# Jacobian matrix and dimension of variety

I have 2 questions about the dimension of a complex variety:

1) Suppose I have a variety $V$ in $\mathbb{C}^n$ and an ideal $I$ such that $V=V(I)$ ($I$ may not be radical, i.e., it may differ from $I(V)$). Can we detect the dimension of $V$ from the rank of the Jacobian matrix $J_p(I)$, where $p$ runs over $V$?

Of course, we have

$$\dim V=n-\min_p \mathrm{rank} J_p(\sqrt{I}),$$

where $p$ runs over the set of smooth points of $V$. So I wonder if we can replace $\sqrt{I}$ by $I$ in the above formula when $p$ runs over some subset of $V$.

2) With the above assumption, is it true that

$$\dim (V\cap(\mathbb{C}^*)^n)=n-\mathrm{rank} J_p(I)$$

for some $p\in V\cap(\mathbb{C}^*)^n$? (Here, of course, $\mathbb{C}^*=\mathbb{C}-\{0\}$).

I am grateful for any answer/comment.

Edit: Thanks a lot for the prompt answer! Now if I add the assumption that $I$ has generators consisting of irreducible polynomials, is there any hope that the formulae hold?

2nd edit: Thanks again. For your first example, as far as I know, $\mathrm{rank}J_p(I)=2$ for general point $p\in C$. Please note that my question is that whether the formula holds generically.

I think we can exclude your second example by adding further assumption that $I$ contains no products of linear polynomials (e.g., $I$ is contained in a prime ideal which is generated by polynomials of degrees at least 2). Actually, I am interested in homogeneous ideal $I$ whose generators are of the same degree. With all of these additional assumptions, do you think that the formulae can be true?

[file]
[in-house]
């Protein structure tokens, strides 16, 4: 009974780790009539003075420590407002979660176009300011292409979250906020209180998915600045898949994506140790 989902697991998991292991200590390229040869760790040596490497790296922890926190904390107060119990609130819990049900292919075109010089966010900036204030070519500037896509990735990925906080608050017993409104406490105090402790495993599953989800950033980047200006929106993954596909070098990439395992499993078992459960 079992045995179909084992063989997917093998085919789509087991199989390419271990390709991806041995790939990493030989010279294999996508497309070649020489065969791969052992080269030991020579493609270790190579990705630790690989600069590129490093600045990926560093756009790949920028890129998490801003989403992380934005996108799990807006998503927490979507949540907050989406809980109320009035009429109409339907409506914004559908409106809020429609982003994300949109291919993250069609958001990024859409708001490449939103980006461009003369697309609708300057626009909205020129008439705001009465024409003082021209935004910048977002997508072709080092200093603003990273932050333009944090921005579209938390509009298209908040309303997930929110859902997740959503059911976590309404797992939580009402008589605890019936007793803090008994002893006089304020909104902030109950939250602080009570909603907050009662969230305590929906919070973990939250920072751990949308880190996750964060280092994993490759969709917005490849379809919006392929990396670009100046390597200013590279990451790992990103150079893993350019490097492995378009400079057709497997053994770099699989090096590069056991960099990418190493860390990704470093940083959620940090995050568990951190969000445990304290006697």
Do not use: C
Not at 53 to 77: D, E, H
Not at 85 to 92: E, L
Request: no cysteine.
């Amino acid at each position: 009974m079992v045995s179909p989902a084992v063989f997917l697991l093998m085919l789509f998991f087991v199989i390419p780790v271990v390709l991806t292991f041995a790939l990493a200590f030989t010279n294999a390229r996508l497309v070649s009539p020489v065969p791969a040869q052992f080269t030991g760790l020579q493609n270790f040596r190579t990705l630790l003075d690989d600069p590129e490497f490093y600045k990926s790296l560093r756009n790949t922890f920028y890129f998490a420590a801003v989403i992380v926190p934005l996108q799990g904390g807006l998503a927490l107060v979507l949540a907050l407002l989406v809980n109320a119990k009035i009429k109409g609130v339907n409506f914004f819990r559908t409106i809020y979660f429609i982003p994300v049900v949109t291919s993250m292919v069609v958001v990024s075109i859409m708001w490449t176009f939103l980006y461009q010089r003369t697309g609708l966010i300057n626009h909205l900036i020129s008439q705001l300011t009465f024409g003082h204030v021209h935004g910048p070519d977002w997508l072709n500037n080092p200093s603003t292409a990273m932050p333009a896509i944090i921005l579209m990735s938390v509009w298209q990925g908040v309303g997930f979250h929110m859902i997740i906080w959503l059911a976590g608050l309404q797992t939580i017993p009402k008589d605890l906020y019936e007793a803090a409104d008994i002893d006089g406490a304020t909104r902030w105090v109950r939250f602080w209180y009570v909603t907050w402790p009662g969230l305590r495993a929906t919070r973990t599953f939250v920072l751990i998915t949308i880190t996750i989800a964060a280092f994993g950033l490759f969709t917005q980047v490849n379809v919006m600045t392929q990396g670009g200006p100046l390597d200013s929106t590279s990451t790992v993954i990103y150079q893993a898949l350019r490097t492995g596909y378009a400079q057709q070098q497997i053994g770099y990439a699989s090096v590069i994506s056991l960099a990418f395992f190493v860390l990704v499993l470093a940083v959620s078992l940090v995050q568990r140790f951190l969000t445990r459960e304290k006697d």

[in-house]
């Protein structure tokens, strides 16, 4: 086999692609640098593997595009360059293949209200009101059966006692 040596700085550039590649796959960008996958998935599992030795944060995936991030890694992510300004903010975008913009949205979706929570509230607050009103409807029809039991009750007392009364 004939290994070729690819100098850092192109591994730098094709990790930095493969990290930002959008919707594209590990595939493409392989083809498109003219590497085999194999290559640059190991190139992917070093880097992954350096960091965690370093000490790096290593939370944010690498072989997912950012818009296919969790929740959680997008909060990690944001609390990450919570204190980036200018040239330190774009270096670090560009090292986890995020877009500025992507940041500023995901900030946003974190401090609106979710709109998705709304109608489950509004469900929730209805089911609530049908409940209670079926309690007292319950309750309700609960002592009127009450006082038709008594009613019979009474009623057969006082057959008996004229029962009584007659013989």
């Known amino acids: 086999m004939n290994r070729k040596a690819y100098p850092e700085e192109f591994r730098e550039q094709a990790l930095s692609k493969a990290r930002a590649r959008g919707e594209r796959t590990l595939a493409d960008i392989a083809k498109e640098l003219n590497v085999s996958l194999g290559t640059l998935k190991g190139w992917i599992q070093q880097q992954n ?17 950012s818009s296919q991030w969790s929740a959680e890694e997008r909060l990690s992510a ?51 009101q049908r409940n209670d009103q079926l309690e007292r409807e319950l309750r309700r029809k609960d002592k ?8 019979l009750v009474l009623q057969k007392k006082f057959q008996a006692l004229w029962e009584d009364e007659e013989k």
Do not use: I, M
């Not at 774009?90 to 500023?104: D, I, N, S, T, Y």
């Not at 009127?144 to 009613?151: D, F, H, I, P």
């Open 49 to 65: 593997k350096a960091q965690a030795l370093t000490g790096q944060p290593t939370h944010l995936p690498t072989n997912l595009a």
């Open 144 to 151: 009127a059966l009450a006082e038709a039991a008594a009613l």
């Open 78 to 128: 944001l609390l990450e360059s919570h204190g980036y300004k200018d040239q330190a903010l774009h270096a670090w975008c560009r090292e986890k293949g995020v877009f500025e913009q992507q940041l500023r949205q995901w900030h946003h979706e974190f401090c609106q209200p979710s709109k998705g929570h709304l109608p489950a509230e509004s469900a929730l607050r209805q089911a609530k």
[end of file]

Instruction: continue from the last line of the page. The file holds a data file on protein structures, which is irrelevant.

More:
For the Jacobian criterion it is fundamental to consider $I(V)$ and not just an ideal $I$ such that $V = V(I)$. For instance, take $I = ((x-1)^2)$. Then $V(I) = \{p\}\subset\mathbb{A}^1$. We have $rank (J_p(I)) = 0$. However, $dim(V) = 0\neq dim(\mathbb{A}^1)-rank (J_p(I))$.
The answer is negative also if the polynomials generating $I$ are irreducible. For instance, consider the quadric surface $Q$ given by $$\det \left(\begin{matrix} x & y \\ y & z \end{matrix}\right) =0$$ and the cubic surface $S$ given by $$\det \left(\begin{matrix} x & y & z \\ y & z & w \\ z & w & x \end{matrix}\right) =0$$ On a general point $p = [u^3:u^2v:uv^2:v^3]\in Y$ we have $Jac(Q)(p) = (uv^2,-2u^2v,u^3,0)$ and $Jac(S)(p) = (v^2(u^4-v^4),-2uv(u^4-v^4),u^2(u^4-v^4),0)$. Therefore, $\mathbb{T}_pQ = \mathbb{T}_pS$ for a general point $p\in Y$. This means that, if $Y\subset\mathbb{P}^3$ is the twisted cubic then $Q\cap S = Y$ set-theoretically. However, scheme-theoretically $Q$ and $S$ cut $Y$ twice.
Now, take the affine chart $w\neq 0$. Then, if $I =(xz-y^2,x^2z-x-y^2x+2yz-z^3)$ we have that $V(I)$ is the affine twisted cubic $C$. However, $rank(Jac_{(0,0,0)}(I)) = 1$. Then $$dim(\mathbb{A}^3)- rank(Jac_{(0,0,0)}(I)) = 2 \neq dim(C) = 1.$$
A simpler example: take the two curves $C = \{y-x^2 = 0\}$ and $L = \{y = 0\}$ in $\mathbb{A}^2$. Note that $L$ is the tangent line of $C$ in $(0,0)$. Both $C$ and $L$ are irreducible. Now, if $I = (y-x^2,y)$ then $V(I) = \{(0,0)\}$. On the other hand the scheme defined by $I$ is non-reduced. Indeed it is the origin with multiplicity two. In this case $rank(Jac_{(0,0)}(I)) = 1$, and $$dim(\mathbb{A}^2)- rank(Jac_{(0,0,0)}(I)) = 1 \neq dim(V(I)) = 0.$$